Slate Pharmaceuticals Supports Testosterone Replacement Therapy for Pro Athletes
by Millard Baker
Robert Whitehead, the President and CEO of Slate Pharmaceuticals, released a statement defending the use of the anabolic steroid testosterone by professional athletes when prescribed by a physician to treat low testosterone levels. Slate is the manufacturer of Testogel testosterone pellets. The statement is noteworthy because it represents the first time big pharma has been bold enough to criticize the anti-doping policies in professional sports.
The pharmaceutical company CEO’s press release supported golfer Doug Barron in his lawsuit against the PGA Tour. Barron was the first golfer banned by the PGA for violating the policy on the use of performance enhancing drugs (”PGA Tour’s Suspension of Doug Barron For Doping Is ‘Dopey,’ Says Pharmaceutical Company CEO,” December 8).
“I have examined the PGA Tour’s claims and statements put forth in defending their action against Doug Barron,” said Whitehead, “and when it comes to the issue of low testosterone and how to properly evaluate it, the PGA Tour has not made a sufficiently diligent effort to achieve a medically sound decision.”
“This area of medicine is complex,” said the pharmaceutical company CEO. “Physicians recognized as leading experts in this field habitually point out that many physicians who do not specialize in testosterone frequently render poor advice as a result of not being current with scientific findings. The PGA Tour would have been better served by seeking out the opinion of at least one physician recognized as a leading expert in this specialized area of medicine.”
Doug Barron was prescribed monthly exogenous testosterone injections by his physician after being diagnosed with hypogonadism in 2005; Barron’s testosterone value was 78. The LabCorp and Quest Diagnostics reference ranges for total testosterone are 241-827 ng/dL and 260-1000 ng/dl, respectively.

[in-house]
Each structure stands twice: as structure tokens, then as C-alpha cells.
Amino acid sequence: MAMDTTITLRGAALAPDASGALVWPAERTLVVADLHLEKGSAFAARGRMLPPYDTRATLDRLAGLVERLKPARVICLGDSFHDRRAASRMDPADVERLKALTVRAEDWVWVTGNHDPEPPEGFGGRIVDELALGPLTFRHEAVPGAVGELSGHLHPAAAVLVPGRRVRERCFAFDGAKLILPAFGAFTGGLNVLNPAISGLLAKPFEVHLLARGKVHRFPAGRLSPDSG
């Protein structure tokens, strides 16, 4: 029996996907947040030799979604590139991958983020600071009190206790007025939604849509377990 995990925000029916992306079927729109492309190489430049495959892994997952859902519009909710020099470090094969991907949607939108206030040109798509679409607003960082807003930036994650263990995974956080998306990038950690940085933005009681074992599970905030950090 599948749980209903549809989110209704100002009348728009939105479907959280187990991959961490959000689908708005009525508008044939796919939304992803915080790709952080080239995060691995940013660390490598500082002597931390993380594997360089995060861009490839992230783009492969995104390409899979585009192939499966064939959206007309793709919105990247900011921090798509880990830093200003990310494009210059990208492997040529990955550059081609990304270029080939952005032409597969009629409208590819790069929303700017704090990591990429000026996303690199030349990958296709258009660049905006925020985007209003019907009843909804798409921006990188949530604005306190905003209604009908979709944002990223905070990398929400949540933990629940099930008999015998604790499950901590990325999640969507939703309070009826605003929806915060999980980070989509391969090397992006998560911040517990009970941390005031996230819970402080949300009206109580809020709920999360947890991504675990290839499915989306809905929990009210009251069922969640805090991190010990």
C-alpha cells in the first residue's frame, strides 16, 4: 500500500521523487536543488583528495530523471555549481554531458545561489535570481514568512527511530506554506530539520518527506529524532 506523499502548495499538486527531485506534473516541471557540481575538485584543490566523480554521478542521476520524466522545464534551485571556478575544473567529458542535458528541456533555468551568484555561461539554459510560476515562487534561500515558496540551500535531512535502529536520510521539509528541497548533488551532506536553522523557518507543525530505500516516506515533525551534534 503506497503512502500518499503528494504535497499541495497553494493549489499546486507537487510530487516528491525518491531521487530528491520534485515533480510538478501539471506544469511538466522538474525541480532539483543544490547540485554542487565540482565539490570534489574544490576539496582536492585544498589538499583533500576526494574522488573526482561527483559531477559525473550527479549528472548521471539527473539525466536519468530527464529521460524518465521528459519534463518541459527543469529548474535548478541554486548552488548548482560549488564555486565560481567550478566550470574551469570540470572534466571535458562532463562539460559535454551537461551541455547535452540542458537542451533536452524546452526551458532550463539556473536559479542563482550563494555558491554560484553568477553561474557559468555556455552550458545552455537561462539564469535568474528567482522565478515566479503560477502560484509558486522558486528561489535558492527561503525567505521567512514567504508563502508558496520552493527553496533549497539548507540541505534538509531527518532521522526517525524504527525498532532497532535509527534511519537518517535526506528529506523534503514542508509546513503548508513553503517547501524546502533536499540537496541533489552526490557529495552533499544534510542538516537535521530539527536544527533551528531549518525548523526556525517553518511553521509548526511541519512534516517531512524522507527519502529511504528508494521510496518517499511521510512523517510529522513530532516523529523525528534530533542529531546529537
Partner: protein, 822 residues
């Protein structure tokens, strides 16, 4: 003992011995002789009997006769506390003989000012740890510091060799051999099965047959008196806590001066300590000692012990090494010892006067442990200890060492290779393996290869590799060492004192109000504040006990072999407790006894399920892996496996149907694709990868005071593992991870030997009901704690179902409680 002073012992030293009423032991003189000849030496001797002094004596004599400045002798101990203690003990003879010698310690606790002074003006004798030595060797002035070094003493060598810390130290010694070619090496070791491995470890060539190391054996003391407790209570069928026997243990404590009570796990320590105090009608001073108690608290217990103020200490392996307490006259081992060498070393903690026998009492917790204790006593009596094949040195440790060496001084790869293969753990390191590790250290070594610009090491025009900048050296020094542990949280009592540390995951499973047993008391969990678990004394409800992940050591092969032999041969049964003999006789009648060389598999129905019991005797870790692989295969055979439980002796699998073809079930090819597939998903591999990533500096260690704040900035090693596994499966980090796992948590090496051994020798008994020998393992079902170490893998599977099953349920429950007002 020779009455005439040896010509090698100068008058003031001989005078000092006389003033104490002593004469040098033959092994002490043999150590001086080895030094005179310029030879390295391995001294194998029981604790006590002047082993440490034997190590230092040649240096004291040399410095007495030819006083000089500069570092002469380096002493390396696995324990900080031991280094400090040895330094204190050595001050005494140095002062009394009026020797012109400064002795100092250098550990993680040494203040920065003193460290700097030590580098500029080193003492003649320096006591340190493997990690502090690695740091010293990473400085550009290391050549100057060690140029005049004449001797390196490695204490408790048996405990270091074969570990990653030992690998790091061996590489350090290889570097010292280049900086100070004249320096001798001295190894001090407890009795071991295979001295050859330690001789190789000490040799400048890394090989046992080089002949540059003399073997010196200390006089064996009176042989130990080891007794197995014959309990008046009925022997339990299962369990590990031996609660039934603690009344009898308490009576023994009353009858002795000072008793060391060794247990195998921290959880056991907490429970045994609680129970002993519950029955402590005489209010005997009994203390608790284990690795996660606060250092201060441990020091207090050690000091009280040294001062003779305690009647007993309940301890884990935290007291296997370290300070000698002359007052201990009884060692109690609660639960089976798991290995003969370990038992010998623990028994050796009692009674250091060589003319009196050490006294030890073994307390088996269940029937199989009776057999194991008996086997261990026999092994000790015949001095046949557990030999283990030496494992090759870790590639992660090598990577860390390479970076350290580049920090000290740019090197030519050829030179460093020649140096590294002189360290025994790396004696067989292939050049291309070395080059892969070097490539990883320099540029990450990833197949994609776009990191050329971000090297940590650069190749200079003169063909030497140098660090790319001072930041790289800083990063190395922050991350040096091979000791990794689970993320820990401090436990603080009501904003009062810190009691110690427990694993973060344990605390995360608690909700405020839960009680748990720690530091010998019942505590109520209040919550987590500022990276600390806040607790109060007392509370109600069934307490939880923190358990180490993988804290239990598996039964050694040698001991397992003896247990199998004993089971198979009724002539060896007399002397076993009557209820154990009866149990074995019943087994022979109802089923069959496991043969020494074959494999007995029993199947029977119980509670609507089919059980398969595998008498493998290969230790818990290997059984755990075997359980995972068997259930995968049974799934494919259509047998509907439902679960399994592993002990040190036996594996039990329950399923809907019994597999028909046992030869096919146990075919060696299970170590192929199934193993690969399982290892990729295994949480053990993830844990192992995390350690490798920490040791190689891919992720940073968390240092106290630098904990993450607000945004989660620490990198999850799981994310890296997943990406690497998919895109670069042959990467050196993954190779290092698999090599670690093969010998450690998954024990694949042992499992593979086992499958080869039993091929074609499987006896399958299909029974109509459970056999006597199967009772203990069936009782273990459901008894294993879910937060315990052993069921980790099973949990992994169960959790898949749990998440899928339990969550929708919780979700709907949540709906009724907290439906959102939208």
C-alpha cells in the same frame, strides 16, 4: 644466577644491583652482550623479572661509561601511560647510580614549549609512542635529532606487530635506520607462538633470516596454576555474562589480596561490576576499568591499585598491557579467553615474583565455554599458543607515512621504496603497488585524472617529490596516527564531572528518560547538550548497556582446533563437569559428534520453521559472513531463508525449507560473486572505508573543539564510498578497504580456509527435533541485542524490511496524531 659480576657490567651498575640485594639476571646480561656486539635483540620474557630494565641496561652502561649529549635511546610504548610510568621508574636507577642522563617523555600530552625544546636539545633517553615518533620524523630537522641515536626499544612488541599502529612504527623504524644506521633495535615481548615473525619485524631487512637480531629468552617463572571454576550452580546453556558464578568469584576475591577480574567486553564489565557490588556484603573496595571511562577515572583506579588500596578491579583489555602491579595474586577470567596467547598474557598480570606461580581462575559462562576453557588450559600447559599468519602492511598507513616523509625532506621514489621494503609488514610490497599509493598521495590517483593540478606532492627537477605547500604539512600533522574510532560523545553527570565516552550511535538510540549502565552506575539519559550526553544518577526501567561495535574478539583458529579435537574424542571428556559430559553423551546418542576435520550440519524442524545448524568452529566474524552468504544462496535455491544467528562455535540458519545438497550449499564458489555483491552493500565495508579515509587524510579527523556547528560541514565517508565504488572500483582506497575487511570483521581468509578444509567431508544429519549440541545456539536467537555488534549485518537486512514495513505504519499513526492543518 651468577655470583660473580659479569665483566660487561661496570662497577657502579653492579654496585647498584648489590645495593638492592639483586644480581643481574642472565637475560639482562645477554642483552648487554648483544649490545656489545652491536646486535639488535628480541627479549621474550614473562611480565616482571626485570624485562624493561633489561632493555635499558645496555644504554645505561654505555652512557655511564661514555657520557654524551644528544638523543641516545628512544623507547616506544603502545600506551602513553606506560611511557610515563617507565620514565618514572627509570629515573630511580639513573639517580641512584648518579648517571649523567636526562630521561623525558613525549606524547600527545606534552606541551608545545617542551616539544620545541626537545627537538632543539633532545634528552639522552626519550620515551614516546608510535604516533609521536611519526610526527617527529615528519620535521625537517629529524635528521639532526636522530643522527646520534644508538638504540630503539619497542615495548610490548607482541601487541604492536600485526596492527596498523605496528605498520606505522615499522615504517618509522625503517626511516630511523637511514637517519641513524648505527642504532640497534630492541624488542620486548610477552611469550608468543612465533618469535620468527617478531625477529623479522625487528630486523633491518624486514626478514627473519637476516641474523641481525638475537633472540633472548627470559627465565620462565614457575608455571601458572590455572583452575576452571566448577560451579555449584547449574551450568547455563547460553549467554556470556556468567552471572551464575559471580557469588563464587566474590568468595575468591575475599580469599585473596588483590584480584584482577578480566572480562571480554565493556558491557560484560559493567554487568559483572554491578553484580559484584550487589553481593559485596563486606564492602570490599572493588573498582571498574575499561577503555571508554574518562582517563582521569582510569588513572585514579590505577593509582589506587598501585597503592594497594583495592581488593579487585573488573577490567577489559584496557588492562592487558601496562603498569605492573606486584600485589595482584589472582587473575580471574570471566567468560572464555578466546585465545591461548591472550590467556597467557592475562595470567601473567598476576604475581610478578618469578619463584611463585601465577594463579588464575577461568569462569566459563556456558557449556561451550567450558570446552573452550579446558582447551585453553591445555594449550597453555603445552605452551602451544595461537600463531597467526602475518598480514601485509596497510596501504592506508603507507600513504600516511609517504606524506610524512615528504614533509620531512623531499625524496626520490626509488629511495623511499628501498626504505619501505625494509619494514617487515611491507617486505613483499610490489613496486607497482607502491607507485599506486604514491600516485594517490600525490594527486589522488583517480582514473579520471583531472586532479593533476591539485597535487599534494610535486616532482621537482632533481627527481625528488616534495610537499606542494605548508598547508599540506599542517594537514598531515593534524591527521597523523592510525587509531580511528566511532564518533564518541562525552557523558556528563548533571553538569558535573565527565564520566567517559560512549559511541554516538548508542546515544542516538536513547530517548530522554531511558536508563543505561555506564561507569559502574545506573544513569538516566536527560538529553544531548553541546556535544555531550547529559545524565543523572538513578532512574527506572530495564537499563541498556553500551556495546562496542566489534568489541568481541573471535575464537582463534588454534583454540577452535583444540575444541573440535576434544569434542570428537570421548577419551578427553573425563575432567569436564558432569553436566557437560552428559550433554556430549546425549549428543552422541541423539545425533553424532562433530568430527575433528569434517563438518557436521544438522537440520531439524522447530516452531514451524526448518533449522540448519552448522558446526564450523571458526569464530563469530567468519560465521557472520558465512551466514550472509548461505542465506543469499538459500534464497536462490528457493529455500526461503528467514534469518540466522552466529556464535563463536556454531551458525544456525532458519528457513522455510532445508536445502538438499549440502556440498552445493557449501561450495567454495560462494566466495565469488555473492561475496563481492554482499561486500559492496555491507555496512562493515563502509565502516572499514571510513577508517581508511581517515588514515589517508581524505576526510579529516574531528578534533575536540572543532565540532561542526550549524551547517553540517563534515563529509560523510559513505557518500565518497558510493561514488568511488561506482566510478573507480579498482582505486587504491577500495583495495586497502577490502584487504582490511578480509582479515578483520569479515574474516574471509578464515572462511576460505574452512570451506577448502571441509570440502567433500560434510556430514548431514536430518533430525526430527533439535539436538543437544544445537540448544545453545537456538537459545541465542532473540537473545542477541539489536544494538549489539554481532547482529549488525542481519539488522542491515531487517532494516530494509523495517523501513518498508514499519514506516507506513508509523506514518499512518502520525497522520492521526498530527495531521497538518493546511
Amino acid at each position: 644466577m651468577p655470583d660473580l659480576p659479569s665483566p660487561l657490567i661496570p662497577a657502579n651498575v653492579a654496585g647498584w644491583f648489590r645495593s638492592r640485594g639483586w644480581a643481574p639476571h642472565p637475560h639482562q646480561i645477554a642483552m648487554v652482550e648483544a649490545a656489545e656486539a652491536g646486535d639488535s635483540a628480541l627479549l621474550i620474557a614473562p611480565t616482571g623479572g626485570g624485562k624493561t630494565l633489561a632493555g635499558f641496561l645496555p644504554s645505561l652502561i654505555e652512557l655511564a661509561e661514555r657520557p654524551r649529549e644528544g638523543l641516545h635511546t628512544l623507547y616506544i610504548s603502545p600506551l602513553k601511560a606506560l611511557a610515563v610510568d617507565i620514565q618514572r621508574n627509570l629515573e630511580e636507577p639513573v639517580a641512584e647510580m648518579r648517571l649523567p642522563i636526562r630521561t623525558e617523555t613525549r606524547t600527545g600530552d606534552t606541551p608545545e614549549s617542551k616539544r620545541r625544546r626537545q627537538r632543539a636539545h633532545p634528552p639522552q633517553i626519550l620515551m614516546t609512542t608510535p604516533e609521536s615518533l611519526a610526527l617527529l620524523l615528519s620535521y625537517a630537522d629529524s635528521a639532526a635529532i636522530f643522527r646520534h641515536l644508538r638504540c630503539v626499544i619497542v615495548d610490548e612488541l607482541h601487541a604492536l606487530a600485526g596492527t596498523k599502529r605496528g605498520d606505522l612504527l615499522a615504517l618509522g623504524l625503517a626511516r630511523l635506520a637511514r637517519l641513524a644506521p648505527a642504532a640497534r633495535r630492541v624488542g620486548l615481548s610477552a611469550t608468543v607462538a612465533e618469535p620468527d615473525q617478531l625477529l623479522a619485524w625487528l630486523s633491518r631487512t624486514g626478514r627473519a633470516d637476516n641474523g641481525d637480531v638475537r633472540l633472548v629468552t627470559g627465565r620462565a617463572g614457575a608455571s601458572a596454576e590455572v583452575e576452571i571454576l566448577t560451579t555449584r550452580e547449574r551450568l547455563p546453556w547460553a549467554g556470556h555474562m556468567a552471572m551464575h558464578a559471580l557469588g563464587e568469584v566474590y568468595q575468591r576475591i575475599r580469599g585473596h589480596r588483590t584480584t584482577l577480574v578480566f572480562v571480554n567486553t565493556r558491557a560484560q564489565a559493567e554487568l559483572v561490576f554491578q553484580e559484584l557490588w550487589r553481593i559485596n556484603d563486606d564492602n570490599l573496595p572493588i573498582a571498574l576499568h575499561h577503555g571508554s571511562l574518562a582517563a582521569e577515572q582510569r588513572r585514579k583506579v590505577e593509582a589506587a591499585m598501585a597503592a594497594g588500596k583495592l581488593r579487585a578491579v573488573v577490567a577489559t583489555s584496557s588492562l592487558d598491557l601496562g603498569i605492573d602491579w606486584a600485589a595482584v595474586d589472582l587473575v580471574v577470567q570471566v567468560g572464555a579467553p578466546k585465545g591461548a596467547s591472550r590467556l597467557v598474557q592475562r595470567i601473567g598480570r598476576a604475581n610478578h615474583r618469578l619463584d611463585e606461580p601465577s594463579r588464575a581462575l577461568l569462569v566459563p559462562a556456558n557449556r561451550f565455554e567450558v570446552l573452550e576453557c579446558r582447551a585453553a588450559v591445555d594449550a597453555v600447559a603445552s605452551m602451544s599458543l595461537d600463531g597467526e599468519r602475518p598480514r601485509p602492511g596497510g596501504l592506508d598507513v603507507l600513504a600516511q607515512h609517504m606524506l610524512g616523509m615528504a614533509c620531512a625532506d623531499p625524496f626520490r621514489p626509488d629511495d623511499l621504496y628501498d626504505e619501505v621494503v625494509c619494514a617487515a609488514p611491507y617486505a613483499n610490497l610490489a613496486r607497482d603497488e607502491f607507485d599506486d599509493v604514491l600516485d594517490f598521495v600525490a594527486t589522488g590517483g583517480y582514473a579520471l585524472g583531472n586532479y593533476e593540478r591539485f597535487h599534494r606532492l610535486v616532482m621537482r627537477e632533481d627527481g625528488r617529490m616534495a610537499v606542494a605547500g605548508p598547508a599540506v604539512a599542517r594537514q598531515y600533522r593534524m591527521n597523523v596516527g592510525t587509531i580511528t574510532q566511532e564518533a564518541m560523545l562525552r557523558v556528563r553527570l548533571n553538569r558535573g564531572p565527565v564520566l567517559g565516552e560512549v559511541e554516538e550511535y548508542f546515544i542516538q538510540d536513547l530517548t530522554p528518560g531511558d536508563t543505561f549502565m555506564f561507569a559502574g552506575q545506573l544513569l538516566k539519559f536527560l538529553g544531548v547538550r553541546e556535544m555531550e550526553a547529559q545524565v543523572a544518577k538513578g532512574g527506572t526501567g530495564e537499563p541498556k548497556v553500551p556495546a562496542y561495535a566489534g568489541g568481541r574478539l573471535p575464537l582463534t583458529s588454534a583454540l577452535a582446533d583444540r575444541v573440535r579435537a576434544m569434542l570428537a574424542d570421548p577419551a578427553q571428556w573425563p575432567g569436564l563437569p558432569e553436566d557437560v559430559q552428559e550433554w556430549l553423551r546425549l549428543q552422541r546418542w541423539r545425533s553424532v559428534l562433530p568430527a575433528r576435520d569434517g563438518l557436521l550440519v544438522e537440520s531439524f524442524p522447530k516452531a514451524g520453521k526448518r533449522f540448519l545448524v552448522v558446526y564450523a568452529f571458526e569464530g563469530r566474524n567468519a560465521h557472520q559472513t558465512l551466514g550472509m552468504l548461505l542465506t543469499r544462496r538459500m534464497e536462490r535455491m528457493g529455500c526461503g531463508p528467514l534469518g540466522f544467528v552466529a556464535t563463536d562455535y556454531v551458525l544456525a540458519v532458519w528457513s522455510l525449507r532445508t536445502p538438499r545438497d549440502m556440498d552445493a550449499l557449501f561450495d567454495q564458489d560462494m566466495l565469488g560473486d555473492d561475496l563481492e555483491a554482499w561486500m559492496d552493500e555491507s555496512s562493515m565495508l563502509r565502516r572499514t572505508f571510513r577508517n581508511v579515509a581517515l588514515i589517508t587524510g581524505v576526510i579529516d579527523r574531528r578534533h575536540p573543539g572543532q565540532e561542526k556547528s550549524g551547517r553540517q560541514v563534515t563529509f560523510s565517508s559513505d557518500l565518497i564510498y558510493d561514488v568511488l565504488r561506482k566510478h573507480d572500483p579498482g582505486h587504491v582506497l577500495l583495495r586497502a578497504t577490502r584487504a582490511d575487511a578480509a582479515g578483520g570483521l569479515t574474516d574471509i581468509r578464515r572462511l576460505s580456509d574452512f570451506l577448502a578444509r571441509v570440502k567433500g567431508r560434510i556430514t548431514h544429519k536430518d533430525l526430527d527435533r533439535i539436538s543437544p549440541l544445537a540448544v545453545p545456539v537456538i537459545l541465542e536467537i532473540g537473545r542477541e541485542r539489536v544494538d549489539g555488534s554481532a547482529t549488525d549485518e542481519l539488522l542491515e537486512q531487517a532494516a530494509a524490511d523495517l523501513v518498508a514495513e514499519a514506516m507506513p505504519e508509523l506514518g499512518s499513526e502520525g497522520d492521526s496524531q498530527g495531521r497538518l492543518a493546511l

Barron submitted a therepeutic use exemption (TUE) application to the PGA Tour in order to continue testosterone replacement therapy (TRT) under the PGA anti-doping policy. An independent endocrinologist requested that Barron discontinue the use of testosterone in order to confirm the original diagnosis of hypogonadism.
Doug Barron discontinued testosterone injections in October 2008. He reported testosterone values were 325 in November 2008 and 296 in December 2008. Since his testosterone level was within the “normal” range, although far from optimal, his TUE was denied in January 2009.
Furthermore, Barron was unable to provide medical documentation of clinical hypogonadism at any time during the 6 months following the denial of his therapeutic use exemption (TUE) application.
At best, Barron had low-normal testosterone levels (not optimal) with symptomalogy that caused signficant impairment and reduced quality of life. He and his physician may have been medically justified in pushing his testosterone to “optimal” levels with TRT to treat his symptoms rather than treating a lab value.
Unfortunately, the PGA anti-doping policy explicitly disallows increasing “low-normal levels” of endogenous hormones as an “acceptable therapeutic intervention.”